The history of papal resignations

Popes can, and do resign, but no pope has done so since 1415 when Gregory XII was asked to do so to help end the split in the Catholic Church known as the Great Western Schism.

The most famous pope to resign was Celestine V and he was placed in hell in Dante’s Divine Comedy as a result. Celestine resigned in 1294 at the age of 80 overwhelmed by his duties, was imprisoned by his successor and died two years later.

Ten popes have resigned, some in the early centuries of Christianity, but most during the turbulent centuries at the end of the first millennium and the beginning of the second.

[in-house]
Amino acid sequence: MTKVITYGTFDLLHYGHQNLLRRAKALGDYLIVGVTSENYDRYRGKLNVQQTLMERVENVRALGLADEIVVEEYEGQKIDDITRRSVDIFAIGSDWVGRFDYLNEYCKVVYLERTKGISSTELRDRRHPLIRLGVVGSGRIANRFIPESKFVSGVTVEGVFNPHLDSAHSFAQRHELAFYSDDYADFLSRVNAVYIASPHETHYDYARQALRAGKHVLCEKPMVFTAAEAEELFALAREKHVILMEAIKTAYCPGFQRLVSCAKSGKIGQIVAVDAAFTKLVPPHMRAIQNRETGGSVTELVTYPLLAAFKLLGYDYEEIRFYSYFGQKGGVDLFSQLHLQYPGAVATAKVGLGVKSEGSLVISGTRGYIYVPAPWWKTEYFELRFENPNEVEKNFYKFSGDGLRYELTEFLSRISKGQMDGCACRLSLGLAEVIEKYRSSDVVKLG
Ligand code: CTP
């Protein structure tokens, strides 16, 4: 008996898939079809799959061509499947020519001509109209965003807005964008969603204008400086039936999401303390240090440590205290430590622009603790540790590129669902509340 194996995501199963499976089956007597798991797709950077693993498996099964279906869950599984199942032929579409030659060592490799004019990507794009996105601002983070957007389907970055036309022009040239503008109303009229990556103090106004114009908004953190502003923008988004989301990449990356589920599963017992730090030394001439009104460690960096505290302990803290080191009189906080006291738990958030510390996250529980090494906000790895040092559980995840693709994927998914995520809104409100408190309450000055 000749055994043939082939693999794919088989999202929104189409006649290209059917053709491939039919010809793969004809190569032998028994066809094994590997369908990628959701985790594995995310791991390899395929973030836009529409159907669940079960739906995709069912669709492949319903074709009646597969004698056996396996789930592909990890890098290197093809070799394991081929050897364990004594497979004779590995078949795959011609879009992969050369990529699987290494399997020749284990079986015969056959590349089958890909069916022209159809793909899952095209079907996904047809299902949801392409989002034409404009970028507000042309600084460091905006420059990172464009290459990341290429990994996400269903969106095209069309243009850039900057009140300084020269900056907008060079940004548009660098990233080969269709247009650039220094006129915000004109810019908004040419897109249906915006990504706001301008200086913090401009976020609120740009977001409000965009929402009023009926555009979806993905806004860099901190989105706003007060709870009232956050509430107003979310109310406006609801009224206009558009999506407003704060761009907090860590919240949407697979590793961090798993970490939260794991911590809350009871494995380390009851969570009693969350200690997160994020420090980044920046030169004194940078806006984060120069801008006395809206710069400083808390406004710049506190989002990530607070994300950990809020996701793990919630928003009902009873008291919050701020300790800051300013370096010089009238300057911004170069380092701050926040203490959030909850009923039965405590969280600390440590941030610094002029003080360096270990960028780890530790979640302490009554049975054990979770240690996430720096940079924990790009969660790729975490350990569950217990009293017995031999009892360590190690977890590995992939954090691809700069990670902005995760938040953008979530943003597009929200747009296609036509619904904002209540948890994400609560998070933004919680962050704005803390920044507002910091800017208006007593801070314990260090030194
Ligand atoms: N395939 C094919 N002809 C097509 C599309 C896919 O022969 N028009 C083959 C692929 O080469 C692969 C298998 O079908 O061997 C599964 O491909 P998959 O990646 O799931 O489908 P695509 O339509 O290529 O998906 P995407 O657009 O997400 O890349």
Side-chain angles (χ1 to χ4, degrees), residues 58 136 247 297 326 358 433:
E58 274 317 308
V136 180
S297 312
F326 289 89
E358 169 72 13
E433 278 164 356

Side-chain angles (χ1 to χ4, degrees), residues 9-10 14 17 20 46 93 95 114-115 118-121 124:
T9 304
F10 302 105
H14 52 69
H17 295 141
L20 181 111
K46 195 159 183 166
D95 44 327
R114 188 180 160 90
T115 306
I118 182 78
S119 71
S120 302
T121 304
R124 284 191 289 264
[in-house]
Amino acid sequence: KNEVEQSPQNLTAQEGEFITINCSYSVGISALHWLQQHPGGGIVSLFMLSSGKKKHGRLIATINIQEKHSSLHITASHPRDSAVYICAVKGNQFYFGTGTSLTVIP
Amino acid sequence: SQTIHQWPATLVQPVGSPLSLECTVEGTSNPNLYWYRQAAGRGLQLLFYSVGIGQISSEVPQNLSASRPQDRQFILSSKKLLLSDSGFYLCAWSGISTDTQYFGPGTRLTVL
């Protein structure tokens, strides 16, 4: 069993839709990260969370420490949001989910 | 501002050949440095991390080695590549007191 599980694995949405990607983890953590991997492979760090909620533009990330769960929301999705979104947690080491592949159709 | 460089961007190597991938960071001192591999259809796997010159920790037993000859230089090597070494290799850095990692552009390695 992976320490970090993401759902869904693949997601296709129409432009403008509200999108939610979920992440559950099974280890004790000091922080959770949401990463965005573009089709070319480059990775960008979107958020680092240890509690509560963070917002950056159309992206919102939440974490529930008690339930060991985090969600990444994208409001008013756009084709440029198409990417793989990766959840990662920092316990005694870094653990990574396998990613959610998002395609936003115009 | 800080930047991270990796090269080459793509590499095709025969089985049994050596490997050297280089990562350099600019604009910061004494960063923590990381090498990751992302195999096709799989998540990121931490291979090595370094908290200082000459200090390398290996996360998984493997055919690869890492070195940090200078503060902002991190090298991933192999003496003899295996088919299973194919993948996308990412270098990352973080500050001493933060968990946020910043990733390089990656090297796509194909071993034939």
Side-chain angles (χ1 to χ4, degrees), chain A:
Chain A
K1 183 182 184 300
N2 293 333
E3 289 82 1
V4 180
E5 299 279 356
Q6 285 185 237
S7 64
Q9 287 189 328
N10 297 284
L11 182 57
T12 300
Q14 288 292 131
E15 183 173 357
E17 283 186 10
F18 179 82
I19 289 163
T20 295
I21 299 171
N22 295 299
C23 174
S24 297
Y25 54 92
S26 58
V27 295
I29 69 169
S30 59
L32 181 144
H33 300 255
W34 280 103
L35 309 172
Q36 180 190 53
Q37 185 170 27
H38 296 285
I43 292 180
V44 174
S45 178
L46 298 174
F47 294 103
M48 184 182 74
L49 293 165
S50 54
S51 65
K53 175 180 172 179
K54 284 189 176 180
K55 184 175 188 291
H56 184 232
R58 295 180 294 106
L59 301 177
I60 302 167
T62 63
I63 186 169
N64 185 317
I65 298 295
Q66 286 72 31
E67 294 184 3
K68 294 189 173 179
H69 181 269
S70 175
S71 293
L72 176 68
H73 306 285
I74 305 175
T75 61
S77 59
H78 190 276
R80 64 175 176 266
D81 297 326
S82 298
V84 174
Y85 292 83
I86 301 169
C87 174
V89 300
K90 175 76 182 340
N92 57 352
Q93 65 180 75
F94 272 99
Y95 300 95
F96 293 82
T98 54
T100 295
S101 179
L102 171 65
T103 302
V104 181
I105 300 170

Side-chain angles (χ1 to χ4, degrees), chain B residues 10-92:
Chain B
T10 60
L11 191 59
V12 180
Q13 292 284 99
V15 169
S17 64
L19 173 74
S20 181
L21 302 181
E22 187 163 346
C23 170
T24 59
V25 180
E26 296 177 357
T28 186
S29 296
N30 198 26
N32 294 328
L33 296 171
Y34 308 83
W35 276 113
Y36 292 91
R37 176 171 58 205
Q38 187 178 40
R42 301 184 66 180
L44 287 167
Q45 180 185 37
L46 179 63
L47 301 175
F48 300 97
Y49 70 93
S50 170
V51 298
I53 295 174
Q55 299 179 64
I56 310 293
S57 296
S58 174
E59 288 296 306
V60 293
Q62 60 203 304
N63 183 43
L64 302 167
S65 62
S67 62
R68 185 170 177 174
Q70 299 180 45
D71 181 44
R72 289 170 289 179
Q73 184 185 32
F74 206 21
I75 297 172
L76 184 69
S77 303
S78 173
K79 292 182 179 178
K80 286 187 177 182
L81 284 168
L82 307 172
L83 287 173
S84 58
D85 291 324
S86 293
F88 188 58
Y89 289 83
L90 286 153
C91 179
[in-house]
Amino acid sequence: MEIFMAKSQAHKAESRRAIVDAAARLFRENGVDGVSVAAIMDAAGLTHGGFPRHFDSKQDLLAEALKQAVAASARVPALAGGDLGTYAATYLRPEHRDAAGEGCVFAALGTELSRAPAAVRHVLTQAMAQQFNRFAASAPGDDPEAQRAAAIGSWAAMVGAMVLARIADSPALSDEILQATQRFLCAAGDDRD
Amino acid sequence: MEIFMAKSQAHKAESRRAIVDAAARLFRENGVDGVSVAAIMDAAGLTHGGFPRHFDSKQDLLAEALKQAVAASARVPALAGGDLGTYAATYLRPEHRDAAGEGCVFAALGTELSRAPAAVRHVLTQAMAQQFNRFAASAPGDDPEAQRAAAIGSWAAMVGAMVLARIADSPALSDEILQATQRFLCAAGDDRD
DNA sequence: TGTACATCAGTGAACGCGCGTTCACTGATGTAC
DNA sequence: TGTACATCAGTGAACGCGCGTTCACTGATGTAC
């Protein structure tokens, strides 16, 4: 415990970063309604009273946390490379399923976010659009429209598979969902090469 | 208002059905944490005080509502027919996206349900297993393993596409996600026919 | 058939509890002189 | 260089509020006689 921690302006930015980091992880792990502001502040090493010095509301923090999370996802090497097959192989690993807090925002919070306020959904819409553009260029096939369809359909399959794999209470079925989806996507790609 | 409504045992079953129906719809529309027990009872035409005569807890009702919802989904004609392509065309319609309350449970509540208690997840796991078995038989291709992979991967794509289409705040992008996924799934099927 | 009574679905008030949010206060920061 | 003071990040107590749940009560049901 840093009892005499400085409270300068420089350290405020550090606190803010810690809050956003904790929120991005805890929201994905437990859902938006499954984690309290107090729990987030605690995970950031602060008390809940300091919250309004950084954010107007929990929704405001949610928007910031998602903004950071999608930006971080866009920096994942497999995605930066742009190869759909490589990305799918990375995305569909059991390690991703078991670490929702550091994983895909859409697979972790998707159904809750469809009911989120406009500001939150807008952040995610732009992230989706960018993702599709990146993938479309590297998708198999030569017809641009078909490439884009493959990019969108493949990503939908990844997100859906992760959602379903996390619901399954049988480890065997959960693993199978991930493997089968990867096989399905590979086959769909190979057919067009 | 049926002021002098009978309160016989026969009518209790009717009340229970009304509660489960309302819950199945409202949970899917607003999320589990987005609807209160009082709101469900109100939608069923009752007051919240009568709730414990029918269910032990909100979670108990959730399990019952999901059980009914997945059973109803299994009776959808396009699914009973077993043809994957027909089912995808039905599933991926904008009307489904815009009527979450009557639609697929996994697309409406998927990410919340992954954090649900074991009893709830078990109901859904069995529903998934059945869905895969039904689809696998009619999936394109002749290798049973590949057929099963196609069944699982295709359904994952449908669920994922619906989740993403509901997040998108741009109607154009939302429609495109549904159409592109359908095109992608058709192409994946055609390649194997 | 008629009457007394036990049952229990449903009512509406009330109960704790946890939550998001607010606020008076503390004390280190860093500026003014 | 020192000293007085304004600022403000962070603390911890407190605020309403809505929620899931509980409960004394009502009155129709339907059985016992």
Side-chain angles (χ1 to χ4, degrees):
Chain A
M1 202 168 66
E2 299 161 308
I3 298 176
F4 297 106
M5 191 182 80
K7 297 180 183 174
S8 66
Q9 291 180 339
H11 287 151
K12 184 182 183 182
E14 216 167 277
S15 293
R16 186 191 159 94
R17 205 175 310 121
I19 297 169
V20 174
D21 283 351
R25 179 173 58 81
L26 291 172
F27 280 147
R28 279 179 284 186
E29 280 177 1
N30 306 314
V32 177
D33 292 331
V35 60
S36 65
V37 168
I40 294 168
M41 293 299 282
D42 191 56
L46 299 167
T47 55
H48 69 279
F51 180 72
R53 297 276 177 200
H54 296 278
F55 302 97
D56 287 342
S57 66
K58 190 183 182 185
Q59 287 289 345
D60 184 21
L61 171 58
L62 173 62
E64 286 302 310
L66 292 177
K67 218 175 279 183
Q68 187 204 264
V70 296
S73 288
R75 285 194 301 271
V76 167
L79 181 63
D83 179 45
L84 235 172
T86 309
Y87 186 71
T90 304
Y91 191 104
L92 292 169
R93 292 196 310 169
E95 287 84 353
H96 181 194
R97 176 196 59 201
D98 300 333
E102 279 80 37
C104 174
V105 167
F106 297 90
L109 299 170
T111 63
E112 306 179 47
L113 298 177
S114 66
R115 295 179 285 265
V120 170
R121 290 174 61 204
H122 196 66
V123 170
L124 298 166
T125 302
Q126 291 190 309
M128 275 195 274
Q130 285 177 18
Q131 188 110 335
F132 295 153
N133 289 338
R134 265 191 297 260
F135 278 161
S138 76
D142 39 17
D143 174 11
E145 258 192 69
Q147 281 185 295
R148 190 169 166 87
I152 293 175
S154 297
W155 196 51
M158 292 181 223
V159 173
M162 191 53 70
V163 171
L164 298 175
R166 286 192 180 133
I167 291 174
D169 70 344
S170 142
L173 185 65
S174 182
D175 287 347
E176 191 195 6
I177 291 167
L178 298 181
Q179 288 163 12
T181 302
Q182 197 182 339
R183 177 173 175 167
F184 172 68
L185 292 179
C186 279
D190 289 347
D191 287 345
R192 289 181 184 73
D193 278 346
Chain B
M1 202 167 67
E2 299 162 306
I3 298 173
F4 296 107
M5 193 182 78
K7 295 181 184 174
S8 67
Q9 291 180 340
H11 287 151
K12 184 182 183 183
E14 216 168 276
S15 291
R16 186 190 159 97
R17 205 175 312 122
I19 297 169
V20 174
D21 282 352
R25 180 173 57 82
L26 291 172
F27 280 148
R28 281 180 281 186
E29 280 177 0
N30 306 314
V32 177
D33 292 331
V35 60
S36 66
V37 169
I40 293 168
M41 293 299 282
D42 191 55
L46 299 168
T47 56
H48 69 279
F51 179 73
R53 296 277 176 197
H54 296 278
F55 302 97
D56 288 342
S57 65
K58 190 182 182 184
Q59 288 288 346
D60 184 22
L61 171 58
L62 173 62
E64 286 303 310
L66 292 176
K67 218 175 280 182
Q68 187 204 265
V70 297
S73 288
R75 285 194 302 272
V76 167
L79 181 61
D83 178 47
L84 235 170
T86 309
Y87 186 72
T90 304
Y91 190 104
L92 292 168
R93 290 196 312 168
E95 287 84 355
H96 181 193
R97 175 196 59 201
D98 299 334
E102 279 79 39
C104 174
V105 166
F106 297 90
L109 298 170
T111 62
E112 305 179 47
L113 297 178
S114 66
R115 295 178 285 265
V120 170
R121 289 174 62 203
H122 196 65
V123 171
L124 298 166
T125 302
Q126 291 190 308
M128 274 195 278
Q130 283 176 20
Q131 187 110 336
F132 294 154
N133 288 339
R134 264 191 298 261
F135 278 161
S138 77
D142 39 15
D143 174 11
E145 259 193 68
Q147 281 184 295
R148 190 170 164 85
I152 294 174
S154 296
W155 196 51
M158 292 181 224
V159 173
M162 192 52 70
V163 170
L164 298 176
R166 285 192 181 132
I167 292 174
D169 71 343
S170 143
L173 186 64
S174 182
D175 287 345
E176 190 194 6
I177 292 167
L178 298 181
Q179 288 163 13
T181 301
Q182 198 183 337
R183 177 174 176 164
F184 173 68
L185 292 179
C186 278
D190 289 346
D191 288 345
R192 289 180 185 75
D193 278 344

The subject of resignation was brought up on numerous occasion during the various illnesses of John Paul II and it is now known that he prepared two letters, in 1989 and then in 1994, offering his resignation in case of incurably illness or incapacity. John Paul II lived for another ten years after his last letter, dying just after Easter 2005.

Resignation is provided for under the 1917 code of canon law and under regulations established by Pope Paul VI in 1975 and by Pope John Paul II in 1996.